A nurture sequence is exactly what it says on the tin, it nurtures your reader on a path to then make an offer. It’s about taking them by the hand and leading them on a journey, where you have created valuable information and content, to help your reader make the decision to work with you or buy your product.

Often the behaviour that triggers this type of sequence is the focus of the nurturing. All roads lead to Rome as they say, and this is the same here. We want the content we provide in a nurture sequence to be relevant to the behaviour or action the reader took.

If the opt-in to receive a guide about how to make bread, then your nurture sequence will guide them on a journey all about bread with the intention to show them that:

  1. You know what you’re talking about

  2. They get incredible valuable information they can implement

  3. They get offered the next step

And by offering the next step, I mean what’s the next logical behaviour they need to do when they get to the end of the sequence? In our example above, it could be a bread recipe book we offer.

Download The Ultimate Email Checklist.png

Find out the simple yet powerful tweaks you can make to send emails that get results!


    Launch Sequence

    This is one of the sequence that’s generally not automated by behaviour.  Most launches (unless evergreen, which means available anytime) operate on a open/ close basis and so the timing is specific.

    A launch sequence, ideally, starts with valuable content related to the final offer, and then eventually segments the audience based on their interaction with that content and uses subsequent emails to sell the reader on the idea of the results they can get by accepting the offer made.

    Webinar/ Event Sequence

    This sequence harnesses the readers’ emotional desire for results.  There can be two entry points for this kind of sequence - a direct sign up by readers already subscribed to your list, or sign ups through and offer made through an ad, a blog post or through an affiliate (someone who promotes your work for you based on a commission they may get on a sale).

    For those new to your world you can choose to either keep them in a specific ‘funnel’ for the launch and then release them to your list, or allow your welcome sequence to still run to them, plus your regular content that you send as part of your long-term strategy (ie. your weekly or monthly newsletter.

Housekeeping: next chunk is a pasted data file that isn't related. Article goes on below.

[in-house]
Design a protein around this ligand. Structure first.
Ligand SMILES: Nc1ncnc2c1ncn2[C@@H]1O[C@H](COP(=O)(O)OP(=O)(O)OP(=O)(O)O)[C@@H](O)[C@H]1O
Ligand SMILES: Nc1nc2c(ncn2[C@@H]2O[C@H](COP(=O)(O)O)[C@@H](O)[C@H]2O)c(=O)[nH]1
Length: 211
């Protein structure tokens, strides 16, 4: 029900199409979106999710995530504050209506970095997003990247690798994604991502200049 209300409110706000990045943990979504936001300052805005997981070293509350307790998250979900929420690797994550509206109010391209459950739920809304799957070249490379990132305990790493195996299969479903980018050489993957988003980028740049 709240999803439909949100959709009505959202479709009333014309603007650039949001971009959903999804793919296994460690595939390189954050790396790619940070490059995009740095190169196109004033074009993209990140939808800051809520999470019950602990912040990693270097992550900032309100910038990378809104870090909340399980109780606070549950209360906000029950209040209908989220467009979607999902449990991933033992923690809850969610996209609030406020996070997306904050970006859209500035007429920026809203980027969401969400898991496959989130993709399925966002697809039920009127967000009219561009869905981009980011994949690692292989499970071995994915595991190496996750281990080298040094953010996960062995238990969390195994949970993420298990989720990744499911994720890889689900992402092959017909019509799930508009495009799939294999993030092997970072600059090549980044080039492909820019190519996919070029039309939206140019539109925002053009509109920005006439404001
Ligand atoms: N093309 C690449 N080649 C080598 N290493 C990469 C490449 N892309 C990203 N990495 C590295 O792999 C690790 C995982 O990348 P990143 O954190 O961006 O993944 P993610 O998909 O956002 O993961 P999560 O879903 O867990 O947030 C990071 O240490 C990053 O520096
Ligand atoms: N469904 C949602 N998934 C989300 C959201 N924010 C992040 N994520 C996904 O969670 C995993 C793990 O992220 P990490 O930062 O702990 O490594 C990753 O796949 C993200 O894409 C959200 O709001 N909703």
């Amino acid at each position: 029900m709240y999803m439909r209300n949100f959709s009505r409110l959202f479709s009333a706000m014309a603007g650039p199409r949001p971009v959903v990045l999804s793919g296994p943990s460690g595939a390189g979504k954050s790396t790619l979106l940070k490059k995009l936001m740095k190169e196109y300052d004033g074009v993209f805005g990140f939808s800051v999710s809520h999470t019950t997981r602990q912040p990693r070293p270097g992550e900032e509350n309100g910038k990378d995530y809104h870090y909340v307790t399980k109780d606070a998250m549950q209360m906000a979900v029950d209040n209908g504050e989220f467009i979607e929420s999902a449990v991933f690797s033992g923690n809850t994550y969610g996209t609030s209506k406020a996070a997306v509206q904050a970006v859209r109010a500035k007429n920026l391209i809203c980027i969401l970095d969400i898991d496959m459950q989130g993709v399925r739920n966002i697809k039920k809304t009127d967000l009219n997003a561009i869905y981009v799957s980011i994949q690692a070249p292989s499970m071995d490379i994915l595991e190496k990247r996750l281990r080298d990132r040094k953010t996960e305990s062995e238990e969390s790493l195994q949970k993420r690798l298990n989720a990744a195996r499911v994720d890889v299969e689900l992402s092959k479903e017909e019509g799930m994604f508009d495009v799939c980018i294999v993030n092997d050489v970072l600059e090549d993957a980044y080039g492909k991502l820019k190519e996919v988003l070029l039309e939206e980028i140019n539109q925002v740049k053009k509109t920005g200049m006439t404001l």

Once they have signed up, you then want to make sure they attend your webinar, so a webinar show-up sequence is important to implement.  You want as many people live at your webinar or online event as possible so you have to coach them to show up for your presentation by letting them know the value they’ll get by attending live.  This may consist of 3 to 5 emails and will include notifications to remind people the event is about to start.

    But it doesn’t stop there.  Once they have attended the event, if you are offering something at the end, you’ll want to send post-webinar emails to make sure they catch the replay (if they didn’t get there live), and also coach them through the decision to buy your offer.

    Purchase Follow-up Sequence

    One of the biggest mistakes I see people making is that once they get the customer they forget about them. This is different if you offer one to one services because you will be serving your client through the service they purchased, but for those that offer DIY or information products, there’s nothing worse than being loved on and woo-ed to then, once you hand over your money, be dropped like a hot potato.  

    The relationship needs to continue after the purchase has been made, so a follow up sequence is essential to continue to nurture your customers.  One of the reasons for this is that it’s cheaper to sell more to a current client or customer than it is to acquire a new one. This is called the lifetime value (LTV) of your customer.  

    Think long term - if you serve your current customers well, then they’re most likely to want to either continue working with you or want to buy more for the next step in their journey.